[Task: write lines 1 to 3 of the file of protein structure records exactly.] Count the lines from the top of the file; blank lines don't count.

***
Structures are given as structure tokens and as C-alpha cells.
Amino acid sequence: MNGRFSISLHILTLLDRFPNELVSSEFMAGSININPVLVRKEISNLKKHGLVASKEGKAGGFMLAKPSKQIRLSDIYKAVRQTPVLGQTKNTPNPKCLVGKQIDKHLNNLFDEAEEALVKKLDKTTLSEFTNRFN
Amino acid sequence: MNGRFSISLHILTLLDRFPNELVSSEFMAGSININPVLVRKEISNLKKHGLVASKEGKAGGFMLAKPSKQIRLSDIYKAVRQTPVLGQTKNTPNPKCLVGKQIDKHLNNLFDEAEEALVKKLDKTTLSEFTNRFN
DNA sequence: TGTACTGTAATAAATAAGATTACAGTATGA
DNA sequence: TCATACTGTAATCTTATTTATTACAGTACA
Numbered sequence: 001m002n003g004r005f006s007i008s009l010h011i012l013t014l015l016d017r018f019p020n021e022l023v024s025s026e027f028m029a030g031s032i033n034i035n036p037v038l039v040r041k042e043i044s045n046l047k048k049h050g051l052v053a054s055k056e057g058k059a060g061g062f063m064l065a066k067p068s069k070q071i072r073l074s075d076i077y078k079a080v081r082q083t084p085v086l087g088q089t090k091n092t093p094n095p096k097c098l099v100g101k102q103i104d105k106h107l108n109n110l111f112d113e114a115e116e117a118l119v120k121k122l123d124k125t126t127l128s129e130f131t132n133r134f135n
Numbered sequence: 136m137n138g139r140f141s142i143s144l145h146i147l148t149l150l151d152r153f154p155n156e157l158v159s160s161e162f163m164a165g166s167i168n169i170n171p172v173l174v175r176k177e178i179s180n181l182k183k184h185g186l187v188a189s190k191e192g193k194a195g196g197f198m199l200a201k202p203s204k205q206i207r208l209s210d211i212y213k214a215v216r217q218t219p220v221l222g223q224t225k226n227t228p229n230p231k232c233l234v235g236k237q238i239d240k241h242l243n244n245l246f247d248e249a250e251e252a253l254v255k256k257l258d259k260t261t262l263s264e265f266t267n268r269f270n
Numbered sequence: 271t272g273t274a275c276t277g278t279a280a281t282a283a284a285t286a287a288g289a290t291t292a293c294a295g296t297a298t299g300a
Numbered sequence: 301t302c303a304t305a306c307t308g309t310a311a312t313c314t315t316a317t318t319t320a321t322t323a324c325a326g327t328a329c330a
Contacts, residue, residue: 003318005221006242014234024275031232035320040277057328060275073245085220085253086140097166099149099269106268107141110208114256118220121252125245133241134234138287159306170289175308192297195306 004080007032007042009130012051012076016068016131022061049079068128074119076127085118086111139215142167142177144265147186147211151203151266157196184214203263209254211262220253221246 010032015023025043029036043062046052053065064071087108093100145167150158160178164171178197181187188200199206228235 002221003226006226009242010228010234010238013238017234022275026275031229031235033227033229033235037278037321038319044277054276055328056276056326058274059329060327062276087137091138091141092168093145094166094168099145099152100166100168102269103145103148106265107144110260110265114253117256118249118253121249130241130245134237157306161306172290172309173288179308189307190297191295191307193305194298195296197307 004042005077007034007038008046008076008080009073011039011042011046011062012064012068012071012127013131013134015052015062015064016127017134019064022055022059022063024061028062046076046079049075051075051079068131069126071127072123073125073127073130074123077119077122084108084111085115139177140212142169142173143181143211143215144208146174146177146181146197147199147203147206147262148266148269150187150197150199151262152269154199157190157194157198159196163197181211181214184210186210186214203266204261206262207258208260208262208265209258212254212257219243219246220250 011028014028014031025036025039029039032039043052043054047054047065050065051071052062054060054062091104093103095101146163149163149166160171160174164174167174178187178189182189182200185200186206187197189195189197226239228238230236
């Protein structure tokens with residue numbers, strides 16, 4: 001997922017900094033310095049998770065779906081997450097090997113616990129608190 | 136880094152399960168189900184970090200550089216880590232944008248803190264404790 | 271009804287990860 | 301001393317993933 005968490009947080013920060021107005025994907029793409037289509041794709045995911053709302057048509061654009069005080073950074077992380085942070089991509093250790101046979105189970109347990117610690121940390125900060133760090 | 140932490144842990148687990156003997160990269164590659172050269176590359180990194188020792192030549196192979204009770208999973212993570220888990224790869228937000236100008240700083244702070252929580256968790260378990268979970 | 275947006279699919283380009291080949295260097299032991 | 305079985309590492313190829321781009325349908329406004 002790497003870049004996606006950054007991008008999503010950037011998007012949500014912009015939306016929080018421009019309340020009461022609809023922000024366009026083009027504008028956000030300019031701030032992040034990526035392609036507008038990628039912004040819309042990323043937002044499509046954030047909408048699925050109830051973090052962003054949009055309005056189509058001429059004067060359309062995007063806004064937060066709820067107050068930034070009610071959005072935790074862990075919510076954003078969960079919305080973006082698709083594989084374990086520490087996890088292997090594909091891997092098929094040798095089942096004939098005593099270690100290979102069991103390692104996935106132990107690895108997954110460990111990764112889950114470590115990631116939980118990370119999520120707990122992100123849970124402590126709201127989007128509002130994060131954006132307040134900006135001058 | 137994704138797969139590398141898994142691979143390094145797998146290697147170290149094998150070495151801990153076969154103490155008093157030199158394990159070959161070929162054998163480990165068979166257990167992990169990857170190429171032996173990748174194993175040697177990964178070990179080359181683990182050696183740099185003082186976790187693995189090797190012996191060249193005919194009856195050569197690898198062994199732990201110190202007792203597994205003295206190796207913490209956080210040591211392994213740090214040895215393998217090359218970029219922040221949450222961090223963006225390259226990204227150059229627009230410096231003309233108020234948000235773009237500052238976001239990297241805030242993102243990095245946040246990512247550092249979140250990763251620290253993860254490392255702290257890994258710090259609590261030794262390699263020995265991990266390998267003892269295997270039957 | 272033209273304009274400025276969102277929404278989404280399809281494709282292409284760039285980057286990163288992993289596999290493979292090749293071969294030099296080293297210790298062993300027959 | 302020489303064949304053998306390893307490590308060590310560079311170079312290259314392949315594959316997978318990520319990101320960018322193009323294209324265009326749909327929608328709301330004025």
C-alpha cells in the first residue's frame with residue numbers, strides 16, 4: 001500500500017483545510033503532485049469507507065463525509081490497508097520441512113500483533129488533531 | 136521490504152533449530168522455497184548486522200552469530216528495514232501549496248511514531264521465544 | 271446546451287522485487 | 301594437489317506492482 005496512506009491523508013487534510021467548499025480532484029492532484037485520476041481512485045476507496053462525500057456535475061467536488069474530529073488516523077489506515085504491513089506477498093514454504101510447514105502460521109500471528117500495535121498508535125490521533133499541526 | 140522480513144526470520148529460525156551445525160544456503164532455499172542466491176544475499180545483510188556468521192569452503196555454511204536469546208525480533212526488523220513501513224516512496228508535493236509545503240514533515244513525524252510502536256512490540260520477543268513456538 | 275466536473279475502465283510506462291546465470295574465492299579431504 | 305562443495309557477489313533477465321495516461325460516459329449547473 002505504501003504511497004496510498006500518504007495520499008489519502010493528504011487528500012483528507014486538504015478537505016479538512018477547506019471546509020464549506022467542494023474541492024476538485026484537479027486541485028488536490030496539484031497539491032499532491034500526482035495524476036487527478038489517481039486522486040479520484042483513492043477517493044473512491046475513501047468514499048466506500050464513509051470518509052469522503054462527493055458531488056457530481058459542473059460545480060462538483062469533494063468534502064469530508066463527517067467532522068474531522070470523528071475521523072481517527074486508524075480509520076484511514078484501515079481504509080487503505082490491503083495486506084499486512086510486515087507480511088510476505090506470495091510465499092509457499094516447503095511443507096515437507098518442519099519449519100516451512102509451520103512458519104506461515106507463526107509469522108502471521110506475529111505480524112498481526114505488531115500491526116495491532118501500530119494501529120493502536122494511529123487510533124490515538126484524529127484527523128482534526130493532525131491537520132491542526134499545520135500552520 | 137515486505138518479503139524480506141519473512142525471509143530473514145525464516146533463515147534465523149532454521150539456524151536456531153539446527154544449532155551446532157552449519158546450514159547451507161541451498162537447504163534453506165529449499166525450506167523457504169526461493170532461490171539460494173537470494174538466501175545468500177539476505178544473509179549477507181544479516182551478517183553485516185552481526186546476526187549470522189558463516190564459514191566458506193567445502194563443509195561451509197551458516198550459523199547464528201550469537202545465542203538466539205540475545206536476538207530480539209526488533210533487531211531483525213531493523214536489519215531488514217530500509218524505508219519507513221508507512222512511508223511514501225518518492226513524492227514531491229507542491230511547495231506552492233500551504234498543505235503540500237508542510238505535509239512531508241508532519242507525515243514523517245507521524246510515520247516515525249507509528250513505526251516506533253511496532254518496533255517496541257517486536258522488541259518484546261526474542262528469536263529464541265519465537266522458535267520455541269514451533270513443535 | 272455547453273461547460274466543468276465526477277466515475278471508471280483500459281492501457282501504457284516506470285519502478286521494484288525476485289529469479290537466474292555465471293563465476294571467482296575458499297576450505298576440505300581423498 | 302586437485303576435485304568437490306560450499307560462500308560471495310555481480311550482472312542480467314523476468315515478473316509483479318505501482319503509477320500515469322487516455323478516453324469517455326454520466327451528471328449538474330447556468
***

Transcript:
Structures are given as structure tokens and as C-alpha cells.
Amino acid sequence: MNGRFSISLHILTLLDRFPNELVSSEFMAGSININPVLVRKEISNLKKHGLVASKEGKAGGFMLAKPSKQIRLSDIYKAVRQTPVLGQTKNTPNPKCLVGKQIDKHLNNLFDEAEEALVKKLDKTTLSEFTNRFN
Amino acid sequence: MNGRFSISLHILTLLDRFPNELVSSEFMAGSININPVLVRKEISNLKKHGLVASKEGKAGGFMLAKPSKQIRLSDIYKAVRQTPVLGQTKNTPNPKCLVGKQIDKHLNNLFDEAEEALVKKLDKTTLSEFTNRFN